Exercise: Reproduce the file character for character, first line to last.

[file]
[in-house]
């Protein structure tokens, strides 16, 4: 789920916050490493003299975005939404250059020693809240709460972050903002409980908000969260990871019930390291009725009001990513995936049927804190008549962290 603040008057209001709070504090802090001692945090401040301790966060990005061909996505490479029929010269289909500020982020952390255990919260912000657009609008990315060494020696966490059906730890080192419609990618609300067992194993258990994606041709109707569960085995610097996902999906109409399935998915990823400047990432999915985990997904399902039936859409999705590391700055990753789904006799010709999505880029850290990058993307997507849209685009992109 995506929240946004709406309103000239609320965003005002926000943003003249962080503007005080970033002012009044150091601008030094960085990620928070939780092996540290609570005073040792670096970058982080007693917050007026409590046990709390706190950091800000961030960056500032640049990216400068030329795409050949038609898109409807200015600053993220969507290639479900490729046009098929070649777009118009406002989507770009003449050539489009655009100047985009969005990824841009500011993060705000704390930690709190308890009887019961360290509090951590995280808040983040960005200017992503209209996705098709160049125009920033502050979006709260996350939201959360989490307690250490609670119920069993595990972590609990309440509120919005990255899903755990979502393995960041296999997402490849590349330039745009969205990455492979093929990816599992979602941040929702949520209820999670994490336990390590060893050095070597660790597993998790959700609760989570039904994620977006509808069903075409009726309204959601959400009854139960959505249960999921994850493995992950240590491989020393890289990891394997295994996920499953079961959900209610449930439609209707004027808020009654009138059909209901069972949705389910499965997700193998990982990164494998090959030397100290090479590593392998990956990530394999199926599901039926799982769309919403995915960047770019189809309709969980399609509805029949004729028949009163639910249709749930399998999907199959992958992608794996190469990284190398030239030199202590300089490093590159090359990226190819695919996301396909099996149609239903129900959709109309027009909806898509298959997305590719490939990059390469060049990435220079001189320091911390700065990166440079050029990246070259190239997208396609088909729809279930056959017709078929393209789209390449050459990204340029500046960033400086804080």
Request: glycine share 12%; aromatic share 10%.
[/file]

[in-house]
């Protein structure tokens, strides 16, 4: 789920916050490493003299975005939404250059020693809240709460972050903002409980908000969260990871019930390291009725009001990513995936049927804190008549962290 603040008057209001709070504090802090001692945090401040301790966060990005061909996505490479029929010269289909500020982020952390255990919260912000657009609008990315060494020696966490059906730890080192419609990618609300067992194993258990994606041709109707569960085995610097996902999906109409399935998915990823400047990432999915985990997904399902039936859409999705590391700055990753789904006799010709999505880029850290990058993307997507849209685009992109 995506929240946004709406309103000239609320965003005002926000943003003249962080503007005080970033002012009044150091601008030094960085990620928070939780092996540290609570005073040792670096970058982080007693917050007026409590046990709390706190950091800000961030960056500032640049990216400068030329795409050949038609898109409807200015600053993220969507290639479900490729046009098929070649777009118009406002989507770009003449050539489009655009100047985009969005990824841009500011993060705000704390930690709190308890009887019961360290509090951590995280808040983040960005200017992503209209996705098709160049125009920033502050979006709260996350939201959360989490307690250490609670119920069993595990972590609990309440509120919005990255899903755990979502393995960041296999997402490849590349330039745009969205990455492979093929990816599992979602941040929702949520209820999670994490336990390590060893050095070597660790597993998790959700609760989570039904994620977006509808069903075409009726309204959601959400009854139960959505249960999921994850493995992950240590491989020393890289990891394997295994996920499953079961959900209610449930439609209707004027808020009654009138059909209901069972949705389910499965997700193998990982990164494998090959030397100290090479590593392998990956990530394999199926599901039926799982769309919403995915960047770019189809309709969980399609509805029949004729028949009163639910249709749930399998999907199959992958992608794996190469990284190398030239030199202590300089490093590159090359990226190819695919996301396909099996149609239903129900959709109309027009909806898509298959997305590719490939990059390469060049990435220079001189320091911390700065990166440079050029990246070259190239997208396609088909729809279930056959017709078929393209789209390449050459990204340029500046960033400086804080």
Request: glycine share 12%; aromatic share 10%.